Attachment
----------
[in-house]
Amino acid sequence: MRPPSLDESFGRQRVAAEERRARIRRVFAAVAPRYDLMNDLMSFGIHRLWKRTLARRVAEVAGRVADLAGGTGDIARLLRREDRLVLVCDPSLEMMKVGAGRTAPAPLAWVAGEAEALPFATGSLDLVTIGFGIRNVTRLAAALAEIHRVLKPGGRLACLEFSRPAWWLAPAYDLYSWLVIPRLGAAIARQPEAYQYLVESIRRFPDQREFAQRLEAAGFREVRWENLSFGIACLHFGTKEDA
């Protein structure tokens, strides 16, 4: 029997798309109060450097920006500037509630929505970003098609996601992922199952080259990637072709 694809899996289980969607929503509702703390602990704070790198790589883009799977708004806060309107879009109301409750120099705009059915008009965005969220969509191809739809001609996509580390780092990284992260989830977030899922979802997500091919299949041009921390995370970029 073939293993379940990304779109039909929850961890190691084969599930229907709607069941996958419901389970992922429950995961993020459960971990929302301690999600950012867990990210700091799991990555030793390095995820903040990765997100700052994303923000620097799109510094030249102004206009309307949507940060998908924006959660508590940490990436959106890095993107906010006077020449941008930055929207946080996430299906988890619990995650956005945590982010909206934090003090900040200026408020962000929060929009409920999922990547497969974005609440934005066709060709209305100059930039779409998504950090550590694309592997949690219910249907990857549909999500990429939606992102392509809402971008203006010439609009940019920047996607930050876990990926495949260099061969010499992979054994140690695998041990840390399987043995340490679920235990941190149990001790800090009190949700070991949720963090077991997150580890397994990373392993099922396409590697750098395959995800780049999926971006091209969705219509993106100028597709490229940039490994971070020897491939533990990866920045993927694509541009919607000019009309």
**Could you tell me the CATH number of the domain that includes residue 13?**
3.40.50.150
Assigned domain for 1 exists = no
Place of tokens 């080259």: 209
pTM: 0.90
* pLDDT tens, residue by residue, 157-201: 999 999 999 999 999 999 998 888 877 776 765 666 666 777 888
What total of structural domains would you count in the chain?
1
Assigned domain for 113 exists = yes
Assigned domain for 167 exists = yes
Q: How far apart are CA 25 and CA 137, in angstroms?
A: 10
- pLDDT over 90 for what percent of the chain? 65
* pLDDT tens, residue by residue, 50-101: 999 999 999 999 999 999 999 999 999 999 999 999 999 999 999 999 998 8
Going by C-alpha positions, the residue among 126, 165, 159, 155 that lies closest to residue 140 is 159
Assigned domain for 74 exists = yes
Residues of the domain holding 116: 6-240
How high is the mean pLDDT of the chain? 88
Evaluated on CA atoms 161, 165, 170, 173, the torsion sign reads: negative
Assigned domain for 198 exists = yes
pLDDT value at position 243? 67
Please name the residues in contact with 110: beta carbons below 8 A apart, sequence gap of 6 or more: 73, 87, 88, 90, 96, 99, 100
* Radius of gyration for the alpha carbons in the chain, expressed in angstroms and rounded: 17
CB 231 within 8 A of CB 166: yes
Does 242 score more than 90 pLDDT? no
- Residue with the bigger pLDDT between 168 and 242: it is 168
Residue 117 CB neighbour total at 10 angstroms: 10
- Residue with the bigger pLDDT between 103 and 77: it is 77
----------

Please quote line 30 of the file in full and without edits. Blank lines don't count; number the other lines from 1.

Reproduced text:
Residue 117 CB neighbour total at 10 angstroms: 10